I am talking about a 600 lb 'park flyer' RTF (with me aboard) here. Object is for duration close to the airport, like the weekend warior flights with 121's at the Dallas Glider club. Even though performance would be inferior to the 121, the low air speed would make working thermal lift a lot easier.

If they keep increasing winch power, this thought may be positive for a future avocation. LOL
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Old Mar 11, 2007, 02:28 PM
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S1210 and S1223 airfoils are not practical, with thin trailing edge, in my opinion. Try building them.
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Old Mar 11, 2007, 03:10 PM
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Quote:
Originally Posted by Ollie
S1210 and S1223 airfoils are not practical, with thin trailing edge, in my opinion. Try building them.
Low AR (at about 6 feet chord for the park flyer) the molded TE can be quite feasable. For the modeler however, one must improvise a bit, and probably do a bit of distortions to accomplish goals; that would still be effective at the low airspeed envolved.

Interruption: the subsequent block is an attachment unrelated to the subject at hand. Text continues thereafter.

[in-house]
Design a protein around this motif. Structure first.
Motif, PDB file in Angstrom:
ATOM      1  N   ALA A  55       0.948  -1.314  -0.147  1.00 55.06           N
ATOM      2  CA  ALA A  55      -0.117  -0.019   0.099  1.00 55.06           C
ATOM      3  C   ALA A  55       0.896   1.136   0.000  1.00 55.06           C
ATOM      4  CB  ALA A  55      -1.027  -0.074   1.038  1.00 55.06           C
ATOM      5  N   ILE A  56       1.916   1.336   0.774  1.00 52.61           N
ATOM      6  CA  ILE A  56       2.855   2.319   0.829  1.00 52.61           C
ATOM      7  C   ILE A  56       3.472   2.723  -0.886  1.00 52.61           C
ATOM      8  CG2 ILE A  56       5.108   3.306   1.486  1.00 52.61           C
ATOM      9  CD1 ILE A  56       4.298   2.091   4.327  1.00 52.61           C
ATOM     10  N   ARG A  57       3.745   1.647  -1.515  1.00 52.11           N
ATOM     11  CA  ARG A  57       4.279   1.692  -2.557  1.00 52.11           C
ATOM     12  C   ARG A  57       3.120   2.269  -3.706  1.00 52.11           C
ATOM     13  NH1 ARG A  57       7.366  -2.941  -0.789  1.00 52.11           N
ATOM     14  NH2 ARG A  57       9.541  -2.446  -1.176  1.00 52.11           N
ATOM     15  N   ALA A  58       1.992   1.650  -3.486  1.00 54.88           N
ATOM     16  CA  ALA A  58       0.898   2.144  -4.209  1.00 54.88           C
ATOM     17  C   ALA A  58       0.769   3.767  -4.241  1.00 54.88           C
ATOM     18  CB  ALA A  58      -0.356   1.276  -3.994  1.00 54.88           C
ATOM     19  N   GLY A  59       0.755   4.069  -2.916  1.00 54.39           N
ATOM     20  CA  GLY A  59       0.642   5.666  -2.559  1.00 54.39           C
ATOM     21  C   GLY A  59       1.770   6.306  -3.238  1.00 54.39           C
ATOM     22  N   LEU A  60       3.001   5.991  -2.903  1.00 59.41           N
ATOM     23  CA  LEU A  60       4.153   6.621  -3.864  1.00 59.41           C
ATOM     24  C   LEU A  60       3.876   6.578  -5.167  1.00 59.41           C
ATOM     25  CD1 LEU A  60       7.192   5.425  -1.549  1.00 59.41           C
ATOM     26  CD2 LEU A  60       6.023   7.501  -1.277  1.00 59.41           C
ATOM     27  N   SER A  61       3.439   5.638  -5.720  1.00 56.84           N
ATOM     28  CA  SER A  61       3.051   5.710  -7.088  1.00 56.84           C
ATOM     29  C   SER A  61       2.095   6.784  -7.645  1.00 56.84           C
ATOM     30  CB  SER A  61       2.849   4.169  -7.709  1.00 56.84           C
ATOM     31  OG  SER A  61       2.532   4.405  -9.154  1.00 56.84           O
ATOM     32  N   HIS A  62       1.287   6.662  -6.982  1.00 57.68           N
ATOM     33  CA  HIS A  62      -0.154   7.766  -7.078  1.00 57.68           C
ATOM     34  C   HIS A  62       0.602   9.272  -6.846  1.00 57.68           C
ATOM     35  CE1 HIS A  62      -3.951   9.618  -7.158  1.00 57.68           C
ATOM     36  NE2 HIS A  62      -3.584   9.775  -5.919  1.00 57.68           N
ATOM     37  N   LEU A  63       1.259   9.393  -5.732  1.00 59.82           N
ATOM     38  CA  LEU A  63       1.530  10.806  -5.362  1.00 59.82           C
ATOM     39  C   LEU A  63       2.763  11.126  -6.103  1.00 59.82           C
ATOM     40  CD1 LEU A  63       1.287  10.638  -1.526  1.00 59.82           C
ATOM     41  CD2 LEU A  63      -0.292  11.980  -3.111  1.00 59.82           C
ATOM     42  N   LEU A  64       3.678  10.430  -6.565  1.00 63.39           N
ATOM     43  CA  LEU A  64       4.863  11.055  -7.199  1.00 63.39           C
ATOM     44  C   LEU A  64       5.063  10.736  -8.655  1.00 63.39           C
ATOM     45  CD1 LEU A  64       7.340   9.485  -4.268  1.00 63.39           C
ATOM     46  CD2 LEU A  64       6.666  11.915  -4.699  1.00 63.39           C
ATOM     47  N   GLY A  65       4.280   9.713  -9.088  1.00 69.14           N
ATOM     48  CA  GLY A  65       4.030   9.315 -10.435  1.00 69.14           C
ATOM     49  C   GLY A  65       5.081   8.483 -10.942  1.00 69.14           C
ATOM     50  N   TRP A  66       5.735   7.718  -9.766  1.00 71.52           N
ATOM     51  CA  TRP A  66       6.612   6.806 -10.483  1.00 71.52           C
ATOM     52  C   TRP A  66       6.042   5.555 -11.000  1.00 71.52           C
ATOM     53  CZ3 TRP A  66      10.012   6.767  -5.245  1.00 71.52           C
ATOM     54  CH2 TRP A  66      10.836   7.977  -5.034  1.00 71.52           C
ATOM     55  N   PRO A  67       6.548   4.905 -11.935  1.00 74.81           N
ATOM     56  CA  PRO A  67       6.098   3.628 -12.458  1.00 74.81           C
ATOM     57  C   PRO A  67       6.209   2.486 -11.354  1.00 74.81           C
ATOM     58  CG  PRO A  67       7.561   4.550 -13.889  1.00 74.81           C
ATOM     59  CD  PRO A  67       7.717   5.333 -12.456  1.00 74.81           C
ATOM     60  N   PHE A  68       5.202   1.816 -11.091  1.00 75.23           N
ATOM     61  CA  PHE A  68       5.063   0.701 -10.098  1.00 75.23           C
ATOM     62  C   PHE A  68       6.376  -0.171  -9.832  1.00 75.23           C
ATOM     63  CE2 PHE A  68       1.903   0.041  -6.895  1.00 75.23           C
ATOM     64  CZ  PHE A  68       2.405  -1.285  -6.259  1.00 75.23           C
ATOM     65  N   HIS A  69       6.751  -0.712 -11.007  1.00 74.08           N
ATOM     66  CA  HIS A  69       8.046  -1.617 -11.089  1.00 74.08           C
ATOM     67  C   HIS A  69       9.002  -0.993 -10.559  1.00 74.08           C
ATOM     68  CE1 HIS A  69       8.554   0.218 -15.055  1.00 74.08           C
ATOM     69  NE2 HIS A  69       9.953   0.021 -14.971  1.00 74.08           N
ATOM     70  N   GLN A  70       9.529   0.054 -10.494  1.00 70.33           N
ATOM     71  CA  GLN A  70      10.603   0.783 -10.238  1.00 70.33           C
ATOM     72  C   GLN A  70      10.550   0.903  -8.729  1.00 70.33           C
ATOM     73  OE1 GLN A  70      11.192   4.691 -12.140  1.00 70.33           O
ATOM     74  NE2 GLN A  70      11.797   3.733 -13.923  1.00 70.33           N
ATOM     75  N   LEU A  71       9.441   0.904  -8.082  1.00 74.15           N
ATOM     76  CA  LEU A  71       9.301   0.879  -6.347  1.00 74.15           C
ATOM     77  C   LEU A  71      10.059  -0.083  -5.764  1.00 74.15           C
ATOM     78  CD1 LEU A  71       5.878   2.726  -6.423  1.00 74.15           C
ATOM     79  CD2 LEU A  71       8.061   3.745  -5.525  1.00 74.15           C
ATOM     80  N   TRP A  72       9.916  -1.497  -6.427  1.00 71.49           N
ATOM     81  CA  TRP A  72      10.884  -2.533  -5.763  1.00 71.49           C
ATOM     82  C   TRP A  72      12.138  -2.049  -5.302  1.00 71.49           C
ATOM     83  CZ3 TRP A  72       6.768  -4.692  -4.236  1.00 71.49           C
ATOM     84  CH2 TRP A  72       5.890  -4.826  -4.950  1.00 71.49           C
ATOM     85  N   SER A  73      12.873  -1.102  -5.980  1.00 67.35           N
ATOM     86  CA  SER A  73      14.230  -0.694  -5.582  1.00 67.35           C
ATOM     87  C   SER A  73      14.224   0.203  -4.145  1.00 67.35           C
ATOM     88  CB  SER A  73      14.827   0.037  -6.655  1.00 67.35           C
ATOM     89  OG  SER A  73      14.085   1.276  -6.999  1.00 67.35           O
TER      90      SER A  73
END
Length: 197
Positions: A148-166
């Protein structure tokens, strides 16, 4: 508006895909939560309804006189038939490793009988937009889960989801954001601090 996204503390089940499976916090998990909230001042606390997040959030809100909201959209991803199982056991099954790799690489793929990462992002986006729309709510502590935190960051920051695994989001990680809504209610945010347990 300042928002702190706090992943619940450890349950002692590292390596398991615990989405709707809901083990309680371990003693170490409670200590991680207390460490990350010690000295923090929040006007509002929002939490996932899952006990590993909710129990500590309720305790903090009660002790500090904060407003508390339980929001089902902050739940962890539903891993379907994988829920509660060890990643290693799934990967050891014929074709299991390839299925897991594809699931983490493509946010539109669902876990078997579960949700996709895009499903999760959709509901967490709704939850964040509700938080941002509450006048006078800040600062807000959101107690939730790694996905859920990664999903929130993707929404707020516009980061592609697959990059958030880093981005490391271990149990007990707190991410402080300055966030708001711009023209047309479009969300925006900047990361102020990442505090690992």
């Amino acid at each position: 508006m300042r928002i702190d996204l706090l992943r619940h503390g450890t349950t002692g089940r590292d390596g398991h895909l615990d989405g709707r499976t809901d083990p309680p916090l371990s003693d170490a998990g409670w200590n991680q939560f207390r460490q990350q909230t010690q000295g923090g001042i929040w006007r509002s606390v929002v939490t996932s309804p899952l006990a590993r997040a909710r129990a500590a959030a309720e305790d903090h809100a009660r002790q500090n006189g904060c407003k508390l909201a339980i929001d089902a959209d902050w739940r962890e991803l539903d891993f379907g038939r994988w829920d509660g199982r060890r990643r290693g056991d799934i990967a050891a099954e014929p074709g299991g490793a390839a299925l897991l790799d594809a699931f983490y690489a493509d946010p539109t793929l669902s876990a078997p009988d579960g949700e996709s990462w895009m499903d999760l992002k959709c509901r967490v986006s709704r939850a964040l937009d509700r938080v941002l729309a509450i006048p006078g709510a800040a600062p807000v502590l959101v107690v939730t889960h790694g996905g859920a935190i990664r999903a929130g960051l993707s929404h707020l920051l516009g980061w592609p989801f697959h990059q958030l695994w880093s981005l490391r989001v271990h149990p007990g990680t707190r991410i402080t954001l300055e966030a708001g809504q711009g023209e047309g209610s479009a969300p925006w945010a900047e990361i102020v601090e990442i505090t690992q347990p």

There is a difference in 'just working', and perfection. I am in it for fun. Blanchard profiles are much easier to work with, but not a maxim for CL. From further discriptions, I think they would be the better bet for the application/project.
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Old Mar 11, 2007, 03:16 PM
greg
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somerset, nj
Joined Feb 2005
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but doesn't sst32's goal really sound like duration, and doesn't that mean best lift to drag?

and when minimizing drag, aren't you really interested in selecting the airfoil that has minimum drag at an acceptable airspeed determined by the weight and planform?